KUALA LUMPUR, 12 Oct 2008: Gerakan wants the Internal Security Act (ISA) repealed and an anti-terrorism law introduced instead, in accordance with the Human Rights Commission of Malaysia (Suhakam)’s proposal.
This was one of five main resolutions approved by the party’s 37th national delegates conference which concluded here today.
Besides the resolution on human rights, the conference also approved resolutions on politics, the economy, party affairs and education.
The three-day conference called for a proposed Anti-Terrorism Act to be confined to preventive detention of those who commit acts of terrorism.
The Act must include safeguards such as the right to judicial review and the appointment of counsel for detainees, the resolution said.
In promoting religious and ethnic harmony, Gerakan planned to set up a taskforce of experts to provide the party’s input for the formulation of the Barisan Nasional (BN) code of conduct.
The party also planned to hold regular dialogue with various religious bodies and non-governmental organisations (NGOs) on issues of common concern.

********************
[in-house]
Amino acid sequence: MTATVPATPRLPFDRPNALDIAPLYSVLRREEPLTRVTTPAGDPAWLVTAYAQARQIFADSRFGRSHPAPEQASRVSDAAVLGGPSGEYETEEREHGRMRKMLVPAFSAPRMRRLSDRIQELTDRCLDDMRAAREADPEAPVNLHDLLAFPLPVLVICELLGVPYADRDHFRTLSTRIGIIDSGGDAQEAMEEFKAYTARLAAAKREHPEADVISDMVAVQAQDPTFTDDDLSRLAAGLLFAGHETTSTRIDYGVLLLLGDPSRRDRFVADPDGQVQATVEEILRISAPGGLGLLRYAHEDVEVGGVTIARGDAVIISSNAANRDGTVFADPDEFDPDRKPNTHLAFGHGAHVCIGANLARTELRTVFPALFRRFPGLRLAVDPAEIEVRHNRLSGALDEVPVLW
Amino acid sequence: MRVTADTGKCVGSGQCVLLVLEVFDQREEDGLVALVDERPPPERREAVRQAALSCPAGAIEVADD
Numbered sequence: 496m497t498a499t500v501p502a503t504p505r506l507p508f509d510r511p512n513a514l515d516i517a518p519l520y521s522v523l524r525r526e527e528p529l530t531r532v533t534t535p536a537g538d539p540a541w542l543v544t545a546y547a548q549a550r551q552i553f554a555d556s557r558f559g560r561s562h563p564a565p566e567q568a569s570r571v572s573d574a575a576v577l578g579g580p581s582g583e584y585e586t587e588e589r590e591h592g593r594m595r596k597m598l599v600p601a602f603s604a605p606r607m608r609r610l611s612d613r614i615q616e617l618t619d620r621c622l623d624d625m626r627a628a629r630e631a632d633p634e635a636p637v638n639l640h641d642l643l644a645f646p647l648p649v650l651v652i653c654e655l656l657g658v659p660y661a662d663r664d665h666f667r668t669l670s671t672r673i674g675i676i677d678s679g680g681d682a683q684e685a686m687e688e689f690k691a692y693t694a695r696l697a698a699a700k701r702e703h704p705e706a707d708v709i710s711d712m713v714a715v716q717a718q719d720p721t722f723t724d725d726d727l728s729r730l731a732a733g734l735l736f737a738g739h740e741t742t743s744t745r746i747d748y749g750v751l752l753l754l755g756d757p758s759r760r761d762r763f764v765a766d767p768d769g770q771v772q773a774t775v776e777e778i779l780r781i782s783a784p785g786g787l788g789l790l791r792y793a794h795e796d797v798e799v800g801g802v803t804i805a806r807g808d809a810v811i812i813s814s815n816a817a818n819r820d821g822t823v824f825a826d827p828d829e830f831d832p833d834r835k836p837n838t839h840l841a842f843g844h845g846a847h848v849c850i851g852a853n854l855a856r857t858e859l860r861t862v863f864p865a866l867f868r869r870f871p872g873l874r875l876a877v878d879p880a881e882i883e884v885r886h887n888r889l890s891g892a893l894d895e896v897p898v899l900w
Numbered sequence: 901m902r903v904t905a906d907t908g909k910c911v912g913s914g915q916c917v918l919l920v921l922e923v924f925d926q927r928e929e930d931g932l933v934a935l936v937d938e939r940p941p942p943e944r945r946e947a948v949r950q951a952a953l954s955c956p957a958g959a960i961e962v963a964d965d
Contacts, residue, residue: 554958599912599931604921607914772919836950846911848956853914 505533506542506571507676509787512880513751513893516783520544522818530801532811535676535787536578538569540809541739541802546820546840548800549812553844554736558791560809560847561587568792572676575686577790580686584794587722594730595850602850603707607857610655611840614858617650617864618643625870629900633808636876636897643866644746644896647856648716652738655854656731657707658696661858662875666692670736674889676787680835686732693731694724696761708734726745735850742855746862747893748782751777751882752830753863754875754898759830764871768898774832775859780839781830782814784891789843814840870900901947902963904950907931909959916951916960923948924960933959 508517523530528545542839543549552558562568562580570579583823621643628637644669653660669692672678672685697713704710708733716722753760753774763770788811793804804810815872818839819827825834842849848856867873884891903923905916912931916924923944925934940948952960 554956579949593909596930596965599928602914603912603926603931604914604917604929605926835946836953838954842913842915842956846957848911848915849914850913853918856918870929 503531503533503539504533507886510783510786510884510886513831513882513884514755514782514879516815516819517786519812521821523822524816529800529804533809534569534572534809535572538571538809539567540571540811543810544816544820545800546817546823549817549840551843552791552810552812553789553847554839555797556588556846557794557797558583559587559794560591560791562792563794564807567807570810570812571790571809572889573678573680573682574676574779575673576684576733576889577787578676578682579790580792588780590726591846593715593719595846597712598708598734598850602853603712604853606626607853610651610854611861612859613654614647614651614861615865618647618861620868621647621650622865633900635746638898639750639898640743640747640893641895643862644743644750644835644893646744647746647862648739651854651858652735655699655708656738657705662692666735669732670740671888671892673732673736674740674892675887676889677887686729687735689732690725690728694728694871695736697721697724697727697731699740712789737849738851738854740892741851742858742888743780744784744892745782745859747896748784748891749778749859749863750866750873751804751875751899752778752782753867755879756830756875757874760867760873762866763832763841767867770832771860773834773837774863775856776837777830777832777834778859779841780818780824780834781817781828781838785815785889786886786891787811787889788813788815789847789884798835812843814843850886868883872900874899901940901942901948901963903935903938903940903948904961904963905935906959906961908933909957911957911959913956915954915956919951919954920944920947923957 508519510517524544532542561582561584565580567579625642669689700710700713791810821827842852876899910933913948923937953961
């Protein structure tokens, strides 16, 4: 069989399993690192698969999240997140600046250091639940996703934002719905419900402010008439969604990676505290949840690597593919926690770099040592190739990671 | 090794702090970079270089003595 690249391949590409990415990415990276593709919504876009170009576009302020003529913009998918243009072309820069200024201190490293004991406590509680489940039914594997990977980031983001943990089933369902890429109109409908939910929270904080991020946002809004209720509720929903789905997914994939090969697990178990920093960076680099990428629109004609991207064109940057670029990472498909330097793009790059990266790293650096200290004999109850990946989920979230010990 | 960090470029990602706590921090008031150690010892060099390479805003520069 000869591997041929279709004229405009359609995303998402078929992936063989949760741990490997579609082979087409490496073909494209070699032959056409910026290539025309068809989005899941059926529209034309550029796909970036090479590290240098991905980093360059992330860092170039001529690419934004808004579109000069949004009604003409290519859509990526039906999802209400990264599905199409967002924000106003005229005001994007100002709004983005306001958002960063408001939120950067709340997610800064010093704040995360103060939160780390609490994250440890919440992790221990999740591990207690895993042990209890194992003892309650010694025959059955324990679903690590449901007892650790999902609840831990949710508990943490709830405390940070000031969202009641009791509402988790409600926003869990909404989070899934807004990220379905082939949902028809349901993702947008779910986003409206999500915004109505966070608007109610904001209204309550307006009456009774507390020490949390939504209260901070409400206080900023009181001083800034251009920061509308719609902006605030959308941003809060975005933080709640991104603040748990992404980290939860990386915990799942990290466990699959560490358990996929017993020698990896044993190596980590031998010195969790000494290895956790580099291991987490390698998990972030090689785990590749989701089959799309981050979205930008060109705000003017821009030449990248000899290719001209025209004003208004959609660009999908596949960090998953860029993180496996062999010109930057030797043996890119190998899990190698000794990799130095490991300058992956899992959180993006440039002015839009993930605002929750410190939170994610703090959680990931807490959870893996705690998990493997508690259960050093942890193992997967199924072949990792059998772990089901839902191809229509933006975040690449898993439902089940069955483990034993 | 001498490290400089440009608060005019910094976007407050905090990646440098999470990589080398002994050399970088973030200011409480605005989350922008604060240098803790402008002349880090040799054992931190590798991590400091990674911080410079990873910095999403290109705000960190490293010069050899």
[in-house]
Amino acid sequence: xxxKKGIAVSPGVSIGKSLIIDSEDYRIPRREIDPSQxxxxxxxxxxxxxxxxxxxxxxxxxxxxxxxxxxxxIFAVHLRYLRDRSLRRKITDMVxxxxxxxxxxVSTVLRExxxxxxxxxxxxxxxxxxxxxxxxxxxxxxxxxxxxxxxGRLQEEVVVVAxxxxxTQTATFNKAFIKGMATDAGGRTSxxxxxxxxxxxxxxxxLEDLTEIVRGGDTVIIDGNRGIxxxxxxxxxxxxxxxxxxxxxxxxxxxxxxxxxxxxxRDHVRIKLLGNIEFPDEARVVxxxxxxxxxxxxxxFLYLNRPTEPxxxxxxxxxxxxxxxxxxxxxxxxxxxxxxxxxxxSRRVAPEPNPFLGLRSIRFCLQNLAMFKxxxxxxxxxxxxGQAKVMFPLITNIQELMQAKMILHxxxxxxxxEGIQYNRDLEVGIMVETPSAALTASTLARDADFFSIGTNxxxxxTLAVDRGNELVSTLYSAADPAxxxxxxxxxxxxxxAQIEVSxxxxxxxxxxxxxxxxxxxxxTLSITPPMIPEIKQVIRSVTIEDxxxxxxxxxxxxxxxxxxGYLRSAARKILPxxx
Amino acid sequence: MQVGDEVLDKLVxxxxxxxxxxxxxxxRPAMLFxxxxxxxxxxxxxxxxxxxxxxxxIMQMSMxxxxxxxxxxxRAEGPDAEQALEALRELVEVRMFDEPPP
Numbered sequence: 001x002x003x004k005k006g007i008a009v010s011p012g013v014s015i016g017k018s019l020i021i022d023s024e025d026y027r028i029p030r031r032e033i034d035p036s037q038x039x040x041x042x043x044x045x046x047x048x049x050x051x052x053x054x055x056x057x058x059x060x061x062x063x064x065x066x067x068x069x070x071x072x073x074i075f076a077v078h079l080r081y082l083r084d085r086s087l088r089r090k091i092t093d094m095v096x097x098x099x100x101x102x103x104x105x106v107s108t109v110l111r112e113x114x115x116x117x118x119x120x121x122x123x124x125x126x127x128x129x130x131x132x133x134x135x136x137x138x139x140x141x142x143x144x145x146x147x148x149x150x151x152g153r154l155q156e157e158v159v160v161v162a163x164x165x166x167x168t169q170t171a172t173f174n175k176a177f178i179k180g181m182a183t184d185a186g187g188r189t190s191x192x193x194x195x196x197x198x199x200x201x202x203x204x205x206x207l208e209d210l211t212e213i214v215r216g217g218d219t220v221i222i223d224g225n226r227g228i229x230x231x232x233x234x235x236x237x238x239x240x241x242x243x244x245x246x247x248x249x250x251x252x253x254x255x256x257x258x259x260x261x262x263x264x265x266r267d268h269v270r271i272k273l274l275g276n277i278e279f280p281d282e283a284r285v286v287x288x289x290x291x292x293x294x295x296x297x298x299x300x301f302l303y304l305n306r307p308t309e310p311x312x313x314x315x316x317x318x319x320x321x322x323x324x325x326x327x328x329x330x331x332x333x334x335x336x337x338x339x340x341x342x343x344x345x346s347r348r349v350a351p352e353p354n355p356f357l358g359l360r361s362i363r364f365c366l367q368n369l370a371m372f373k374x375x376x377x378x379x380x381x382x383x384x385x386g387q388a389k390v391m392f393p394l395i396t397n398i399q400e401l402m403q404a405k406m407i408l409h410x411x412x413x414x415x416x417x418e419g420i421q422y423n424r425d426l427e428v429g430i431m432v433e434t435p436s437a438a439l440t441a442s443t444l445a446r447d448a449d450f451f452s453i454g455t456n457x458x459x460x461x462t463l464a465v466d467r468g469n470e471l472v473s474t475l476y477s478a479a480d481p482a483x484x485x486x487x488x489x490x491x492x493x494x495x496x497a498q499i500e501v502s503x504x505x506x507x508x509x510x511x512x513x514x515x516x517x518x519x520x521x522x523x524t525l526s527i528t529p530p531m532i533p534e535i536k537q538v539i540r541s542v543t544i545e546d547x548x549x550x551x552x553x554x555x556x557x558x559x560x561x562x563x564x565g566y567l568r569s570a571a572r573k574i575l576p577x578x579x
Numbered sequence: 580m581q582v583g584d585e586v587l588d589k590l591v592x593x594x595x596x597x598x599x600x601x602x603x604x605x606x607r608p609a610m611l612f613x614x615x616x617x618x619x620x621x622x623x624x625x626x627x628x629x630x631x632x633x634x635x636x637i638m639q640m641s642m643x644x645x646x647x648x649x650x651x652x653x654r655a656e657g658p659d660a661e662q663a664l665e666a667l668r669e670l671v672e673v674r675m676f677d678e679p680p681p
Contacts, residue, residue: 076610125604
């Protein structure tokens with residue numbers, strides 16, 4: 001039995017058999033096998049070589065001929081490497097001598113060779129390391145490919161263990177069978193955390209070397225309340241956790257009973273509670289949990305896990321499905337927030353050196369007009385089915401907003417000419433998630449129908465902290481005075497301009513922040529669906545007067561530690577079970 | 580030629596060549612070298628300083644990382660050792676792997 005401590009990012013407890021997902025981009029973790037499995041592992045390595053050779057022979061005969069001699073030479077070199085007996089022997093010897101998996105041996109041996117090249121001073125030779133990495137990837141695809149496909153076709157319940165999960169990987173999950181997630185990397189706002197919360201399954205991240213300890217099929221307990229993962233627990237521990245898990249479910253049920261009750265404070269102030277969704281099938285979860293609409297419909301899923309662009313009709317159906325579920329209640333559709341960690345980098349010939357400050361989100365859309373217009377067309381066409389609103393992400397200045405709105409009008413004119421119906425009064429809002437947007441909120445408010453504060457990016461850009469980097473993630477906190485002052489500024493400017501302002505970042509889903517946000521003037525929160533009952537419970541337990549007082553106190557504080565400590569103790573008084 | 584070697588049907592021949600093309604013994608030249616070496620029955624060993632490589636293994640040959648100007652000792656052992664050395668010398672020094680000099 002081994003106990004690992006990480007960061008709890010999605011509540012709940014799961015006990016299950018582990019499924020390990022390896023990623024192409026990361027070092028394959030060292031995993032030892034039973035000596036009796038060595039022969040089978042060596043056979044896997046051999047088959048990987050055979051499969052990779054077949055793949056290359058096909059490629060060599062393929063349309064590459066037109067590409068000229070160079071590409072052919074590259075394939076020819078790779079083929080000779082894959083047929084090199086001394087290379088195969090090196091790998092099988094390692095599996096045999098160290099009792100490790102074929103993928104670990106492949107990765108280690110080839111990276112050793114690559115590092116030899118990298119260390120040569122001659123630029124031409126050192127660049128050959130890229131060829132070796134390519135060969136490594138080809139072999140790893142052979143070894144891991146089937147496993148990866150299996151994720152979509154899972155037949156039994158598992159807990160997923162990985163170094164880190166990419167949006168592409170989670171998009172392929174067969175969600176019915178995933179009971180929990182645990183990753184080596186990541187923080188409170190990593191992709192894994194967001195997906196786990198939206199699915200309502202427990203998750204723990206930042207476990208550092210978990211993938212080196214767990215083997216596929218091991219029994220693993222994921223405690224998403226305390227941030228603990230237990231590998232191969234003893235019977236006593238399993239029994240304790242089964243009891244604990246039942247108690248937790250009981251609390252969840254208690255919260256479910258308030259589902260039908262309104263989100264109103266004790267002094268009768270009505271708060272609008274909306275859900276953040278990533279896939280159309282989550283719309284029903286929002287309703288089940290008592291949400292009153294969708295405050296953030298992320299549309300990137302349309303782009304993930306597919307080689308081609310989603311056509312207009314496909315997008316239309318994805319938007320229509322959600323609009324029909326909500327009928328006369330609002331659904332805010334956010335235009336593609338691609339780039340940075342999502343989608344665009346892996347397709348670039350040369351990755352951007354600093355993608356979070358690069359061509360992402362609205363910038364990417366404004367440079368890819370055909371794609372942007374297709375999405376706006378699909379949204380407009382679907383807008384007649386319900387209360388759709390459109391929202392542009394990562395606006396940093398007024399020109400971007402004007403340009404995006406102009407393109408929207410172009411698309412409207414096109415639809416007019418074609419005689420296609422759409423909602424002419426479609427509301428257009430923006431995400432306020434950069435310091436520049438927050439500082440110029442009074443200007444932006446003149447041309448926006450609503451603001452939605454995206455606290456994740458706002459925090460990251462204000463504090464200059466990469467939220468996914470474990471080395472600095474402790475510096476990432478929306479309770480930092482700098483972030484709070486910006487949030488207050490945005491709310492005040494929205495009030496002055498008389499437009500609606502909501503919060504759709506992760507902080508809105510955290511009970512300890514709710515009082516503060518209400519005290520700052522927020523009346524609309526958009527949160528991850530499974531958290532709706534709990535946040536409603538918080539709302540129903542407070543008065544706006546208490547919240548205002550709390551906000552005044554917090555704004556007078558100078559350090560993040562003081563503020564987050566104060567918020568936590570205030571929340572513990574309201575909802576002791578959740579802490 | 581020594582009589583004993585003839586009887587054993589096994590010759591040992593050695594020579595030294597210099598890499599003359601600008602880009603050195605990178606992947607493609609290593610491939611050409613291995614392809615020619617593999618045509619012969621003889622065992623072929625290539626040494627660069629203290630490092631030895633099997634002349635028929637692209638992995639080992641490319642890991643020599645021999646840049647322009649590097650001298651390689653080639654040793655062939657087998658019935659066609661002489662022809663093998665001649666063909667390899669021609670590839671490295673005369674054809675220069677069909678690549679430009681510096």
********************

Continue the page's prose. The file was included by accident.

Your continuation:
It also aims to enact and enforce legislation against publications and politicians who jeopardise racial and religious harmony.
Gerakan plans to rebrand the party and forge smart partnerships with other political parties, NGOs and the media, and rejuvenate the party by identifying and nurturing new leaders.
The party wants the government to prepare the nation to face global economic challenges by liberalising the New Economic Policy to improve the competitiveness of Bumiputeras, attract more foreign investors and prevent a brain drain.
Gerakan urged the government to immediately implement judicial reforms and set up the proposed Malaysian Commission for Anti-Corruption (MCAC) to increase investor confidence.
On the economic front, Gerakan will propose innovative initiatives and hold regular meetings with various chambers of commerce, trade associations and unions.
On education, the party said the current model has many shortcomings due to the lack of human resources, leakages and discrimination.
The party called on the government to allow teachers to teach mathematics and science in the students’ mother tongue instead of insisting that the subjects be taught only in English.
The party also urged the government to give equal treatment to all government-funded primary and secondary schools without categorising them as fully-funded and partially-funded institutions.
Gerakan said it would devise a party position on the country’s education policy, and hold discussions with government departments, NGOs, educationists, student unions and stakeholders within the education sector. — Bernama